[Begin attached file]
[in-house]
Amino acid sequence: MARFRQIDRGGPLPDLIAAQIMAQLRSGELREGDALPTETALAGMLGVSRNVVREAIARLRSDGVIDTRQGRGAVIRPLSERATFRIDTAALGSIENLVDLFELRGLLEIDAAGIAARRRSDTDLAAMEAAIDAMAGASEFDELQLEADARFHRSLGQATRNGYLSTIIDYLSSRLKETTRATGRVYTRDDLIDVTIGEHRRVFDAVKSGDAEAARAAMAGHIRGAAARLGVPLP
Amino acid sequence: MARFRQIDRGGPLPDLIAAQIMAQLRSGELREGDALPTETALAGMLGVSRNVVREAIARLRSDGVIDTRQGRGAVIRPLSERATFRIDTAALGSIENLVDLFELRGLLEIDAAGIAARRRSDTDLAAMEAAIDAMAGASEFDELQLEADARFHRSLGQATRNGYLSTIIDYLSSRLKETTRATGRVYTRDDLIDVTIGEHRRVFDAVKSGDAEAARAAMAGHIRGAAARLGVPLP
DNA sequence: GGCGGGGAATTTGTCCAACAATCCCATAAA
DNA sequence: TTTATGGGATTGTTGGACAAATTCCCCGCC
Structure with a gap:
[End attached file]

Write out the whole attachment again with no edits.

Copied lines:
[in-house]
Amino acid sequence: MARFRQIDRGGPLPDLIAAQIMAQLRSGELREGDALPTETALAGMLGVSRNVVREAIARLRSDGVIDTRQGRGAVIRPLSERATFRIDTAALGSIENLVDLFELRGLLEIDAAGIAARRRSDTDLAAMEAAIDAMAGASEFDELQLEADARFHRSLGQATRNGYLSTIIDYLSSRLKETTRATGRVYTRDDLIDVTIGEHRRVFDAVKSGDAEAARAAMAGHIRGAAARLGVPLP
Amino acid sequence: MARFRQIDRGGPLPDLIAAQIMAQLRSGELREGDALPTETALAGMLGVSRNVVREAIARLRSDGVIDTRQGRGAVIRPLSERATFRIDTAALGSIENLVDLFELRGLLEIDAAGIAARRRSDTDLAAMEAAIDAMAGASEFDELQLEADARFHRSLGQATRNGYLSTIIDYLSSRLKETTRATGRVYTRDDLIDVTIGEHRRVFDAVKSGDAEAARAAMAGHIRGAAARLGVPLP
DNA sequence: GGCGGGGAATTTGTCCAACAATCCCATAAA
DNA sequence: TTTATGGGATTGTTGGACAAATTCCCCGCC
Structure with a gap: